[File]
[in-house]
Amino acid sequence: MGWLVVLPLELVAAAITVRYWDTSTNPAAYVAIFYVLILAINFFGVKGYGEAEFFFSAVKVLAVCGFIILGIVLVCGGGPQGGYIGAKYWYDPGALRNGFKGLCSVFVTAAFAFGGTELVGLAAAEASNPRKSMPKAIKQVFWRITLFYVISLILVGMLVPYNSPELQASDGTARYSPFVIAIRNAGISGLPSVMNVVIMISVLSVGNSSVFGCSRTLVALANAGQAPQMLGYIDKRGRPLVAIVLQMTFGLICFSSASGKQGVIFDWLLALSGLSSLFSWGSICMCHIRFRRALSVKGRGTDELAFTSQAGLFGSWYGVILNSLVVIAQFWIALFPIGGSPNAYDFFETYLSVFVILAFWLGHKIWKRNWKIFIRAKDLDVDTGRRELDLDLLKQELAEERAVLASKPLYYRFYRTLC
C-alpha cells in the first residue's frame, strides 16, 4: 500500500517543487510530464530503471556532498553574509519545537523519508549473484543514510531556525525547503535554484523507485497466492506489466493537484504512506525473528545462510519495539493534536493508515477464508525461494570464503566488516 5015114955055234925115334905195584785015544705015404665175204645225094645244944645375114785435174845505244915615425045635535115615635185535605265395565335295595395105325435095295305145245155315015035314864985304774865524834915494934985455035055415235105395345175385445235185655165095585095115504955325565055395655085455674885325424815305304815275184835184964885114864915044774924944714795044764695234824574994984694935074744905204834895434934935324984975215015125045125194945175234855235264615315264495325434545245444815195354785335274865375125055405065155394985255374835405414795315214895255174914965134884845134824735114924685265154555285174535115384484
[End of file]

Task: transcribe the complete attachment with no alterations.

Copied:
[in-house]
Amino acid sequence: MGWLVVLPLELVAAAITVRYWDTSTNPAAYVAIFYVLILAINFFGVKGYGEAEFFFSAVKVLAVCGFIILGIVLVCGGGPQGGYIGAKYWYDPGALRNGFKGLCSVFVTAAFAFGGTELVGLAAAEASNPRKSMPKAIKQVFWRITLFYVISLILVGMLVPYNSPELQASDGTARYSPFVIAIRNAGISGLPSVMNVVIMISVLSVGNSSVFGCSRTLVALANAGQAPQMLGYIDKRGRPLVAIVLQMTFGLICFSSASGKQGVIFDWLLALSGLSSLFSWGSICMCHIRFRRALSVKGRGTDELAFTSQAGLFGSWYGVILNSLVVIAQFWIALFPIGGSPNAYDFFETYLSVFVILAFWLGHKIWKRNWKIFIRAKDLDVDTGRRELDLDLLKQELAEERAVLASKPLYYRFYRTLC
C-alpha cells in the first residue's frame, strides 16, 4: 500500500517543487510530464530503471556532498553574509519545537523519508549473484543514510531556525525547503535554484523507485497466492506489466493537484504512506525473528545462510519495539493534536493508515477464508525461494570464503566488516 5015114955055234925115334905195584785015544705015404665175204645225094645244944645375114785435174845505244915615425045635535115615635185535605265395565335295595395105325435095295305145245155315015035314864985304774865524834915494934985455035055415235105395345175385445235185655165095585095115504955325565055395655085455674885325424815305304815275184835184964885114864915044774924944714795044764695234824574994984694935074744905204834895434934935324984975215015125045125194945175234855235264615315264495325434545245444815195354785335274865375125055405065155394985255374835405414795315214895255174914965134884845134824735114924685265154555285174535115384484